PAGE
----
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The point of diversity

Michelle Romeu | Thursday, April 28, 2011

I completely agree with Ms. Lujan’s April 27 letter (“A different way to be Latino”) where she says, “Our identity is marred by placing ourselves in an exclusive, single-minded group.”

Although I was born in Dallas, Texas, my mother and father grew up in El Salvador and Argentina, respectively. We spoke Spanish at home, and I only learned English when I started preschool. We often visited family in El Salvador, Costa Rica and Argentina. We moved to South Florida when I was six years old and most of our family friends there are from Venezuela, Colombia, Cuba, Mexico and more. Latin American culture has permeated almost every aspect of my life, from language to food to holidays to prayer.

And yet, I spoke English at school, read books in English, watched American TV and read American magazines. While I felt completely comfortable with my Latin American family, I always felt isolated from the Latino kids I grew up around, most of whom were born in their country of origin. From the way they treated me, it felt as though I was never “Latino enough” for them, that they saw me as “too Americanized.” On the other hand, I always felt more comfortable with my American classmates, who thought it was “really cool” that I spoke Spanish and were always very interested in my background.

But why was there such a divide between the two camps? As Ms. Lujan stated, “We should have a more utilitarian and progressive approach to being Latino that does not create barriers with those around us or view them as hostile buffoons we need to fight.” I do not oppose Latino student groups in any way; in fact, I applaud the initiative to keep the different aspects of Latin American culture alive in the United States. However, this should not lead to an “us versus them” approach. We must all recognize that all cultures are important, and that preserving our own should not lead to shutting out others who are different from us.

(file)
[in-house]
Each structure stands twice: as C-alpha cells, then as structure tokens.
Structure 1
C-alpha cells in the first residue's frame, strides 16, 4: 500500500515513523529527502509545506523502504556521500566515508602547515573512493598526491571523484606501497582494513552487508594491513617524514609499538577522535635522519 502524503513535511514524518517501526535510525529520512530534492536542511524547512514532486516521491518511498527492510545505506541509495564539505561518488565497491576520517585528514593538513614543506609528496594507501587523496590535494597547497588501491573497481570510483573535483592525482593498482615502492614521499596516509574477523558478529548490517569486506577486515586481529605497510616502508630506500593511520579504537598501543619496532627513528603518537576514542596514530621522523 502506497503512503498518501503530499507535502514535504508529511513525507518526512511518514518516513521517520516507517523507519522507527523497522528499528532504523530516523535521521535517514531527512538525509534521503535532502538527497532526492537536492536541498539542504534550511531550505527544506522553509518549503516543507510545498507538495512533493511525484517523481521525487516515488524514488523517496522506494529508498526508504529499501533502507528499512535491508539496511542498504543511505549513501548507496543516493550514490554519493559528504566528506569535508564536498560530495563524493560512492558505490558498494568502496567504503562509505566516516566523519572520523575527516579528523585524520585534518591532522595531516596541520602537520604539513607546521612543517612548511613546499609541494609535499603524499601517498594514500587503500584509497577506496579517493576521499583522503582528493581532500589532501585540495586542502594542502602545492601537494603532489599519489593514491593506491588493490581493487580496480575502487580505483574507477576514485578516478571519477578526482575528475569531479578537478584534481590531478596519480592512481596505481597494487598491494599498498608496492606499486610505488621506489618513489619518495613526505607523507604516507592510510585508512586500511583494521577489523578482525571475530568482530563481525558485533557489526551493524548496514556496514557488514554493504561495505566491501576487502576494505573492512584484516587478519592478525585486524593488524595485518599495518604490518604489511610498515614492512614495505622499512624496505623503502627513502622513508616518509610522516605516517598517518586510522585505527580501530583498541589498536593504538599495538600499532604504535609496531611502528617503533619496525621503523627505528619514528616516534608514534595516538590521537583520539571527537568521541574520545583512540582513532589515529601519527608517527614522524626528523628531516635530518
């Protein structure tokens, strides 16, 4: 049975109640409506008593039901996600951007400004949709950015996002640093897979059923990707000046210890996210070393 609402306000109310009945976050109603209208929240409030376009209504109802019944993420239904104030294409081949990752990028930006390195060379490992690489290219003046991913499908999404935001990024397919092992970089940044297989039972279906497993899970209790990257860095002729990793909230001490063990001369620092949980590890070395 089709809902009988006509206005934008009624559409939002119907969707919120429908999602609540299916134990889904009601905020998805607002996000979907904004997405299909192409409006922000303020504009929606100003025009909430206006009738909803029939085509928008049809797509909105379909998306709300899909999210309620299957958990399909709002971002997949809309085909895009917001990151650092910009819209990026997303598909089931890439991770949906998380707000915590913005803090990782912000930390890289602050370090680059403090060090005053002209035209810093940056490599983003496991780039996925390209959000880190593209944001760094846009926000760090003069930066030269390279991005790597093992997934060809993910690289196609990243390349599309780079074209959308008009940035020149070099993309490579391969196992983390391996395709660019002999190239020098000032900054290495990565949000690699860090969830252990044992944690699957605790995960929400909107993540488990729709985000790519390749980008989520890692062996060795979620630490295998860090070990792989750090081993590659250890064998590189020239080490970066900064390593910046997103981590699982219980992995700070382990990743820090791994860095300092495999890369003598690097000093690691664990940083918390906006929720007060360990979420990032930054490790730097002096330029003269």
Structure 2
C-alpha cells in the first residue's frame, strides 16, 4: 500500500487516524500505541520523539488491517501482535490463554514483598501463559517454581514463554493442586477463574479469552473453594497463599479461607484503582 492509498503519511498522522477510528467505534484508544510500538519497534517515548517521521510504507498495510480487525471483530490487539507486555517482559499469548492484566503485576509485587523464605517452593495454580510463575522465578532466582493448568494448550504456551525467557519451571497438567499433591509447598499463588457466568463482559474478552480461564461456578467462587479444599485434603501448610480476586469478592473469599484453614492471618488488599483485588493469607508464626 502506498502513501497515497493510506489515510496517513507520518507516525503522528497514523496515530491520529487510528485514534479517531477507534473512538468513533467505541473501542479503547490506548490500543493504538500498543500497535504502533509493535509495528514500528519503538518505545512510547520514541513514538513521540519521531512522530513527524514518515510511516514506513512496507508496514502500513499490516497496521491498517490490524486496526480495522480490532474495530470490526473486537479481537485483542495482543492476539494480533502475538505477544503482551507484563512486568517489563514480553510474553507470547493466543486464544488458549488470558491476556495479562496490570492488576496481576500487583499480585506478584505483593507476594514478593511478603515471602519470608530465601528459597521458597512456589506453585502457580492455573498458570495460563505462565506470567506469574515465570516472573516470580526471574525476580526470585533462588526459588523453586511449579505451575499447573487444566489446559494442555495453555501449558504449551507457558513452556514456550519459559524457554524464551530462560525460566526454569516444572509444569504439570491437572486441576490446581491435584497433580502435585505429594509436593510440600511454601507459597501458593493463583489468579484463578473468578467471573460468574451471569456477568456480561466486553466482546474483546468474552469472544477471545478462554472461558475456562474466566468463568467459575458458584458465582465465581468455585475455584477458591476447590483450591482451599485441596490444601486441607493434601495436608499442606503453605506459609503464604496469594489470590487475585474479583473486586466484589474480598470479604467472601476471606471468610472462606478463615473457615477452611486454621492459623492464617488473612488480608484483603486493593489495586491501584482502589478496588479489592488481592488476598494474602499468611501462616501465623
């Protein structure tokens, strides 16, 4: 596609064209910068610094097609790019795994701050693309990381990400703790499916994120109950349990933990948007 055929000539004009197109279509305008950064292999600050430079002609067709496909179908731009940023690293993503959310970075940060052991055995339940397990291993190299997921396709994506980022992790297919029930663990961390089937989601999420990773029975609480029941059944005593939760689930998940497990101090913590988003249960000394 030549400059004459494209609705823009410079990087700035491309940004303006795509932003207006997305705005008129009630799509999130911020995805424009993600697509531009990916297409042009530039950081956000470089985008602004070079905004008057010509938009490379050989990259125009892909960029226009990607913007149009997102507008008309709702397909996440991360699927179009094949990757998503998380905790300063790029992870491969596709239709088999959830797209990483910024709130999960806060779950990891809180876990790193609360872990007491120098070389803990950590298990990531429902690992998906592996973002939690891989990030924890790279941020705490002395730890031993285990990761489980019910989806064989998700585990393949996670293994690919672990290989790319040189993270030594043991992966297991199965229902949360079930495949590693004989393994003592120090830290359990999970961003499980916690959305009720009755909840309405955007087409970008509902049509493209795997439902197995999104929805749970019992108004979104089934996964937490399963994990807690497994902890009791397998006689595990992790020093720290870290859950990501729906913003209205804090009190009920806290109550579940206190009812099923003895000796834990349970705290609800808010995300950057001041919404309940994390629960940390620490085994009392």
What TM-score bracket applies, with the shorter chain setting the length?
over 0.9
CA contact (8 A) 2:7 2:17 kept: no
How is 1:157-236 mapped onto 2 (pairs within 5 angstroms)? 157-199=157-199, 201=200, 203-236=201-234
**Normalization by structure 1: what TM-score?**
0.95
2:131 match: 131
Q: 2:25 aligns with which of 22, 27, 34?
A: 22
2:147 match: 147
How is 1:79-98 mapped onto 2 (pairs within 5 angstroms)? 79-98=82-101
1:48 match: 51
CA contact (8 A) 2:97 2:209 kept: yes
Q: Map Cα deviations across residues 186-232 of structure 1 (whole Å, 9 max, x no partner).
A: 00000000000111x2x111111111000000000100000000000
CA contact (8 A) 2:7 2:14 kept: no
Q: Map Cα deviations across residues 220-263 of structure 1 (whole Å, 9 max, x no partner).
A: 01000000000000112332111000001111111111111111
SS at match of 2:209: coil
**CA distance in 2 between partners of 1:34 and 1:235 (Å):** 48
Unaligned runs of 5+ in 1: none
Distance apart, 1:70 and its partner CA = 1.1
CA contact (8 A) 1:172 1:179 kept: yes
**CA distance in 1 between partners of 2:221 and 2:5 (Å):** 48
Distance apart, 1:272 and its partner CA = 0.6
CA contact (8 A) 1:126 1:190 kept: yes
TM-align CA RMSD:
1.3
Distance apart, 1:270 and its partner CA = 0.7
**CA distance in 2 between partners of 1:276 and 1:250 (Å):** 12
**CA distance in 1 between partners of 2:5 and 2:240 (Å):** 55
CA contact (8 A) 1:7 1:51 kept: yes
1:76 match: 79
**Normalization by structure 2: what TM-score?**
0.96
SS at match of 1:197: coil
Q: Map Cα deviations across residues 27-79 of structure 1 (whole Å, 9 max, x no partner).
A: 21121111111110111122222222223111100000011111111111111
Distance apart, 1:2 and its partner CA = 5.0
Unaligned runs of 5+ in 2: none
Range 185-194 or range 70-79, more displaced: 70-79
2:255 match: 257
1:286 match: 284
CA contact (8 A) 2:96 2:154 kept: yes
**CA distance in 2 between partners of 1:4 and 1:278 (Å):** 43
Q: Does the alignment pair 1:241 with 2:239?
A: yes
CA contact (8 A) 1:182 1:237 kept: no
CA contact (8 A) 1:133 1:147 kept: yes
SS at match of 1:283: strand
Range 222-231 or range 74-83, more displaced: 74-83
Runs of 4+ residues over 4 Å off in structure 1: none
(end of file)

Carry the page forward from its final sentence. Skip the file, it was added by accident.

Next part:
As Ms. Lujan also stated, groups like MEChA are not the only way to share our culture. When I arrived at Notre Dame in 2006, I had no idea who my friends would be. Four years later, I left Notre Dame with a B.A. in English and friends with a myriad of backgrounds. I taught my roommate phrases in Spanish and she taught us Irish drinking songs. My Ukrainian-American friend shared stories of Ukie school, camps, balls and weddings, all entrenched in their own unique culture. I met up with a friend for pizza while we were both visiting family in Costa Rica. My Vietnamese friends introduced me to pho before it ever arrived at North Dining Hall. We went to the Hawaii Club Lu’au every year to support multiple friends during their performances. Situations like these and more not only made me appreciate the cultures of my friends, but also to appreciate my own as I, in turn, shared it with them.

My experience is only one perspective. I know that not all Latino kids are like the ones I grew up around, and I am sure that my experience does not mirror that of all Latino students at Notre Dame. However, I believe that isolation is never the answer, and that respect will come where respect is given. Isn’t the point of diversity to expose ourselves to people different from us, allowing for a mutual sharing of cultures? If we, as Latinos, open ourselves to others, we cannot say we will never receive openness in return.

Michelle Romeu

Class of 2010

Arlington, VA

Apr. 27